Beware of Gift Card Fees

By Kathryn Katz

Not everyone enjoys shopping – the crowds, the time it takes to check out and the hassle of trying to find the perfect gift for a variety of people with differing tastes. That’s why gift cards are so convenient.

There are two types of gift cards. The first is the retail gift card, which is sold by merchants such as restaurants and retail stores. You can only use a retail card at those specific stores or restaurants. The second is a bank card branded by Visa, MasterCard or another credit card network. These cards can be used at any place that accepts Visa or MasterCard.

Both types of cards can make nice gifts but before you choose to purchase them you should make yourself aware of the variety of fees that may be associated with the cards. Some experts estimate that there could be up to 50 different types of fees depending on the sort of gift card that you purchase, even after the Credit Card Accountability, Responsibility and Disclosure Act (CARD) laws made it more difficult to charge fees. There may be fees for each time the balance is checked on the card, when a transaction is made, and maybe even a fee for contacting customer service if there is a problem with the card.

Avoid these fees by reading the fine print, as a matter of fact, read the whole contract. Check out the terms and conditions; there could be fees for activating the card, maintenance fees and fees for not using the card within a specific timeframe. If you are buying online ask about shipping and handling fees. Also be wary of who you are doing business with online because there are counterfeit cards on the market.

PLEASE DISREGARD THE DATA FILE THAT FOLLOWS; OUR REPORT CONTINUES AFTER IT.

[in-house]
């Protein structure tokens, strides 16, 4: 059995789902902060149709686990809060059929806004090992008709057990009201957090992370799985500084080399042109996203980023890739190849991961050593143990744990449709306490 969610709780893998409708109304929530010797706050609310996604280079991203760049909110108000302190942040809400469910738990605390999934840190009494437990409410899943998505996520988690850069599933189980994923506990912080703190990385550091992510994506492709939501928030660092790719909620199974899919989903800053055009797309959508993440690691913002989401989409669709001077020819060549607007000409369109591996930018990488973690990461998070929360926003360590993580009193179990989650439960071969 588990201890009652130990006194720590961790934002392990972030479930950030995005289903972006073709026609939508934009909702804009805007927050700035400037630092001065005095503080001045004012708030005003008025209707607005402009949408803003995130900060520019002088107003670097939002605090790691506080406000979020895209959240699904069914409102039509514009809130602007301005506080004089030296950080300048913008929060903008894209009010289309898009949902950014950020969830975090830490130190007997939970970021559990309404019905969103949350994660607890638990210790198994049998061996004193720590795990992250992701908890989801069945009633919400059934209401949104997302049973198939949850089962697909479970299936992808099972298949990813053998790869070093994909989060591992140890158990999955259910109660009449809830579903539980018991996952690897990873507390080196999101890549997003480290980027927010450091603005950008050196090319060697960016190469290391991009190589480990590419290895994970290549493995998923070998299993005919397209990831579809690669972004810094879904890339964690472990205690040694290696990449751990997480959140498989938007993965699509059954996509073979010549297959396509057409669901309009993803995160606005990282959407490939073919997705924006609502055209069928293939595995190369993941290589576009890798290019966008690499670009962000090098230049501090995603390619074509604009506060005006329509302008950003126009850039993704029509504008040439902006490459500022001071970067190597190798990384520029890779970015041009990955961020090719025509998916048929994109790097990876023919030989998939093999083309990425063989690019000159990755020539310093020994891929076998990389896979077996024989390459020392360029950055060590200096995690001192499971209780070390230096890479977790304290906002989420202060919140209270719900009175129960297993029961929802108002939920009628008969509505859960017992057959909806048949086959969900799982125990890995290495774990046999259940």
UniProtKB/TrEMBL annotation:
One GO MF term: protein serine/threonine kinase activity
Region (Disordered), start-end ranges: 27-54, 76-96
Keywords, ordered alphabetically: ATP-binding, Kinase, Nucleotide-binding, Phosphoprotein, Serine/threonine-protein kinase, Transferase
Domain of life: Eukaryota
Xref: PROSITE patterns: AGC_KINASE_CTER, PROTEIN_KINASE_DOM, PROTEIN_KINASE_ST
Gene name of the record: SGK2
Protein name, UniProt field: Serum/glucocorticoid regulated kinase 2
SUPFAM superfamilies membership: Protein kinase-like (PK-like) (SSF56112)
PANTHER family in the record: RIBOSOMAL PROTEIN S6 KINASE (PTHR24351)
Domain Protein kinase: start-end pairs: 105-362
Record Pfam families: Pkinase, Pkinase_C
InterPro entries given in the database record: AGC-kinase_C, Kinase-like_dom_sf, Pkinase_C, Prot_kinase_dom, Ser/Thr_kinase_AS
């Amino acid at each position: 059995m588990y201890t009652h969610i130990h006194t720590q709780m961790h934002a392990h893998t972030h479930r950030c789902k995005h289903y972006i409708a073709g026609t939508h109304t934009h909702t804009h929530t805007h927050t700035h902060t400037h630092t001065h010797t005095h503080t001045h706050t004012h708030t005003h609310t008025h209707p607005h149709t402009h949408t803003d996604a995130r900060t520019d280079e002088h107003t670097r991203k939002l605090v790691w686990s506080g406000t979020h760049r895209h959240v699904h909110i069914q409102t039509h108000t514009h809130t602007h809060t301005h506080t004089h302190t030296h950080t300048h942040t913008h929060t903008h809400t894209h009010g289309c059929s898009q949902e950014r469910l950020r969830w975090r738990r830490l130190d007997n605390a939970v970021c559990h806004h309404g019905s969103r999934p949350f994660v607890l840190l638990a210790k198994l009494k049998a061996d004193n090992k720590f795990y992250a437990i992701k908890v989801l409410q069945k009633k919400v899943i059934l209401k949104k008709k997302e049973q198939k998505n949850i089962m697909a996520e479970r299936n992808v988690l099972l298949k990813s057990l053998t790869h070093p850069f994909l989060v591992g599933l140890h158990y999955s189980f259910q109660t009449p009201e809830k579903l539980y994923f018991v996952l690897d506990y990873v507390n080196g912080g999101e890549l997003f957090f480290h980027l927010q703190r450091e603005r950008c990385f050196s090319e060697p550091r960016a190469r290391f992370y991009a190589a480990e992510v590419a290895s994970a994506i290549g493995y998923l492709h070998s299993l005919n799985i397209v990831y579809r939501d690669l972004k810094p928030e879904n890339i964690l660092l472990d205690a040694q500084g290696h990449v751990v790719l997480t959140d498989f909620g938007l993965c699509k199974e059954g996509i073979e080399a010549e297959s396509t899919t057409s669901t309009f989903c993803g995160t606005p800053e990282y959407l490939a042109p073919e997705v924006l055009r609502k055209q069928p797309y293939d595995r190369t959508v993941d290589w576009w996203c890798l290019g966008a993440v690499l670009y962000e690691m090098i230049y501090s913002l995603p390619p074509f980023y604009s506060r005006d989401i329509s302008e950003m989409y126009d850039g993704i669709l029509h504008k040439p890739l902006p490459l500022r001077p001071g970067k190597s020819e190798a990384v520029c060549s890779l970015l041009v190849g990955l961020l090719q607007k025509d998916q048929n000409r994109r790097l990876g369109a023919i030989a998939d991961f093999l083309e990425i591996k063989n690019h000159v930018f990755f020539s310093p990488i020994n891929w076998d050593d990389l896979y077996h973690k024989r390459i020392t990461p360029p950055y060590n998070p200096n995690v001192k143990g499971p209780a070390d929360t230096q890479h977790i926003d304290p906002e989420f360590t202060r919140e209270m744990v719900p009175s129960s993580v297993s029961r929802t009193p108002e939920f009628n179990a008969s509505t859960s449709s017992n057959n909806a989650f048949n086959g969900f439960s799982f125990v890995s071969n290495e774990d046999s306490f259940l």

Even though the CARD act has suppressed many of the exorbitant fees associated with gift cards, not all gift cards are protected by the law. Gift certificates, reloadable cards and prepaid phone cards are exempt. So before you purchase a card acquaint yourself with the form of card it is and become familiar with its drawbacks. It’s not wise to simply walk into a local retailer and buy a handful of cards. Get the terms and conditions first and then if you have questions call the 800 number provided on the paperwork and get answers.

When it’s finally time to present the gift cards be certain to also give the recipient the pertinent information regarding the terms and conditions, the original receipt and the cards ID number. It will safeguard them from unwanted fees and give them a better understanding of how the card works. And if they lose the card or don’t use it in the allotted time, they will have the proper information to get a replacement card or a chance at extending the timeline.

During the holidays gift cards may be convenient but they’re not foolproof. So understand the upside and downside before buying –it may save you and the person receiving the card from added stress and expense.

About the Author

The following post is from Kathryn Katz, a Certified Personal Finance Counselor who works for Consolidated Credit Counseling Services in Ft. Lauderdale, Florida. Their non-profit agency helps families through financial crisis using credit counseling, debt consolidation and financial education.